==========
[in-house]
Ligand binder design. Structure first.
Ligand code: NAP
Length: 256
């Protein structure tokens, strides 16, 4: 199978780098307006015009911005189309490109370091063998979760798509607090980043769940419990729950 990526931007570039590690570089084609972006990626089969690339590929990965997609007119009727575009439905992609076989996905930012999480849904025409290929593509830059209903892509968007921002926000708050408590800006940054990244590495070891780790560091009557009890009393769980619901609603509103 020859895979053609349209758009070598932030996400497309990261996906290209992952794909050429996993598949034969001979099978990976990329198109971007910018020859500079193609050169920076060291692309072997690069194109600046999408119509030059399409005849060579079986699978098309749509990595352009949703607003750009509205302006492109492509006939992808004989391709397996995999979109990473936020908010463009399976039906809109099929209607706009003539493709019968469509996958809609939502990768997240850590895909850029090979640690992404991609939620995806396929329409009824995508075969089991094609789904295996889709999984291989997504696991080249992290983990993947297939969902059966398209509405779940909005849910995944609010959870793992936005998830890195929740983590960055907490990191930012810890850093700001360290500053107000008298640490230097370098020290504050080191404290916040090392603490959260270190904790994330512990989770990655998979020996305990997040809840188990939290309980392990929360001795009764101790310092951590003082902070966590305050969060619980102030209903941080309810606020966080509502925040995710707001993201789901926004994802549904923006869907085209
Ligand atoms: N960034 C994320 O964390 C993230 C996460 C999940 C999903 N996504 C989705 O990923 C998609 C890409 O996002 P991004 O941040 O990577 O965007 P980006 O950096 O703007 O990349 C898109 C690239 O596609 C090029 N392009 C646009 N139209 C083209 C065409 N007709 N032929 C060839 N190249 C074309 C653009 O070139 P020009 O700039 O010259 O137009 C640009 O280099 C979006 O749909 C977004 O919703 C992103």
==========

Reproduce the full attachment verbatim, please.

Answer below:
[in-house]
Ligand binder design. Structure first.
Ligand code: NAP
Length: 256
């Protein structure tokens, strides 16, 4: 199978780098307006015009911005189309490109370091063998979760798509607090980043769940419990729950 990526931007570039590690570089084609972006990626089969690339590929990965997609007119009727575009439905992609076989996905930012999480849904025409290929593509830059209903892509968007921002926000708050408590800006940054990244590495070891780790560091009557009890009393769980619901609603509103 020859895979053609349209758009070598932030996400497309990261996906290209992952794909050429996993598949034969001979099978990976990329198109971007910018020859500079193609050169920076060291692309072997690069194109600046999408119509030059399409005849060579079986699978098309749509990595352009949703607003750009509205302006492109492509006939992808004989391709397996995999979109990473936020908010463009399976039906809109099929209607706009003539493709019968469509996958809609939502990768997240850590895909850029090979640690992404991609939620995806396929329409009824995508075969089991094609789904295996889709999984291989997504696991080249992290983990993947297939969902059966398209509405779940909005849910995944609010959870793992936005998830890195929740983590960055907490990191930012810890850093700001360290500053107000008298640490230097370098020290504050080191404290916040090392603490959260270190904790994330512990989770990655998979020996305990997040809840188990939290309980392990929360001795009764101790310092951590003082902070966590305050969060619980102030209903941080309810606020966080509502925040995710707001993201789901926004994802549904923006869907085209
Ligand atoms: N960034 C994320 O964390 C993230 C996460 C999940 C999903 N996504 C989705 O990923 C998609 C890409 O996002 P991004 O941040 O990577 O965007 P980006 O950096 O703007 O990349 C898109 C690239 O596609 C090029 N392009 C646009 N139209 C083209 C065409 N007709 N032929 C060839 N190249 C074309 C653009 O070139 P020009 O700039 O010259 O137009 C640009 O280099 C979006 O749909 C977004 O919703 C992103």